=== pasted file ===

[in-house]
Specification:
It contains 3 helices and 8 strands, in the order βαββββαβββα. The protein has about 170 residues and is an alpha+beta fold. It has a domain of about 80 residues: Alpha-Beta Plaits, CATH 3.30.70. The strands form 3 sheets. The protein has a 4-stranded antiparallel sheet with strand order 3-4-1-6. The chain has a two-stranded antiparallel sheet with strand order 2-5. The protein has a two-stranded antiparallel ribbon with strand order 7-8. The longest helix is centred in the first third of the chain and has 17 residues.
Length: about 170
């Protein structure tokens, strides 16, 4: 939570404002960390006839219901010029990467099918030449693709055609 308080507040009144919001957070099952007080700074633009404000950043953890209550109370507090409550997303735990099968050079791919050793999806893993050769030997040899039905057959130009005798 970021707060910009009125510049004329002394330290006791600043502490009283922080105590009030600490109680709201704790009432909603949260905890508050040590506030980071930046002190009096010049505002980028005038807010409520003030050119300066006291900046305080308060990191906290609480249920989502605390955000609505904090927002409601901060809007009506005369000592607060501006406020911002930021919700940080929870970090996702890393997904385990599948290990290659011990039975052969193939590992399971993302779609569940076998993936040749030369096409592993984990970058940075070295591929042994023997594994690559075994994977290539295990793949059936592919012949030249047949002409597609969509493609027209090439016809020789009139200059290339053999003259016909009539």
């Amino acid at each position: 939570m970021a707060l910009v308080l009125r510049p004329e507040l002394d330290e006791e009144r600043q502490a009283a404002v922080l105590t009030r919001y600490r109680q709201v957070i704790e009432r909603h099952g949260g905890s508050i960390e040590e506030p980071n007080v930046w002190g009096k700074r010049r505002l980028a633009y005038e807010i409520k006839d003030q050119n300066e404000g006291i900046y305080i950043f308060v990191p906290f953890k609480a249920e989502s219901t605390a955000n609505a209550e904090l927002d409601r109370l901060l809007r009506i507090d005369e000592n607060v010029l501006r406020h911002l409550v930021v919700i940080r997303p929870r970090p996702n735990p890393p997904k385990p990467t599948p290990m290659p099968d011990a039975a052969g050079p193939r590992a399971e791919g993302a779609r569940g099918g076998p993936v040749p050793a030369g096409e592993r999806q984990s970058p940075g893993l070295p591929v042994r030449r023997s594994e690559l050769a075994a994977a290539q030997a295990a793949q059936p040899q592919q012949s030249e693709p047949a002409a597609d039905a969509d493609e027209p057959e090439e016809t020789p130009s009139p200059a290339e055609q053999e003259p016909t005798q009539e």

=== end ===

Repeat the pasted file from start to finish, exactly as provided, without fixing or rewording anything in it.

[in-house]
Specification:
It contains 3 helices and 8 strands, in the order βαββββαβββα. The protein has about 170 residues and is an alpha+beta fold. It has a domain of about 80 residues: Alpha-Beta Plaits, CATH 3.30.70. The strands form 3 sheets. The protein has a 4-stranded antiparallel sheet with strand order 3-4-1-6. The chain has a two-stranded antiparallel sheet with strand order 2-5. The protein has a two-stranded antiparallel ribbon with strand order 7-8. The longest helix is centred in the first third of the chain and has 17 residues.
Length: about 170
């Protein structure tokens, strides 16, 4: 939570404002960390006839219901010029990467099918030449693709055609 308080507040009144919001957070099952007080700074633009404000950043953890209550109370507090409550997303735990099968050079791919050793999806893993050769030997040899039905057959130009005798 970021707060910009009125510049004329002394330290006791600043502490009283922080105590009030600490109680709201704790009432909603949260905890508050040590506030980071930046002190009096010049505002980028005038807010409520003030050119300066006291900046305080308060990191906290609480249920989502605390955000609505904090927002409601901060809007009506005369000592607060501006406020911002930021919700940080929870970090996702890393997904385990599948290990290659011990039975052969193939590992399971993302779609569940076998993936040749030369096409592993984990970058940075070295591929042994023997594994690559075994994977290539295990793949059936592919012949030249047949002409597609969509493609027209090439016809020789009139200059290339053999003259016909009539």
């Amino acid at each position: 939570m970021a707060l910009v308080l009125r510049p004329e507040l002394d330290e006791e009144r600043q502490a009283a404002v922080l105590t009030r919001y600490r109680q709201v957070i704790e009432r909603h099952g949260g905890s508050i960390e040590e506030p980071n007080v930046w002190g009096k700074r010049r505002l980028a633009y005038e807010i409520k006839d003030q050119n300066e404000g006291i900046y305080i950043f308060v990191p906290f953890k609480a249920e989502s219901t605390a955000n609505a209550e904090l927002d409601r109370l901060l809007r009506i507090d005369e000592n607060v010029l501006r406020h911002l409550v930021v919700i940080r997303p929870r970090p996702n735990p890393p997904k385990p990467t599948p290990m290659p099968d011990a039975a052969g050079p193939r590992a399971e791919g993302a779609r569940g099918g076998p993936v040749p050793a030369g096409e592993r999806q984990s970058p940075g893993l070295p591929v042994r030449r023997s594994e690559l050769a075994a994977a290539q030997a295990a793949q059936p040899q592919q012949s030249e693709p047949a002409a597609d039905a969509d493609e027209p057959e090439e016809t020789p130009s009139p200059a290339e055609q053999e003259p016909t005798q009539e």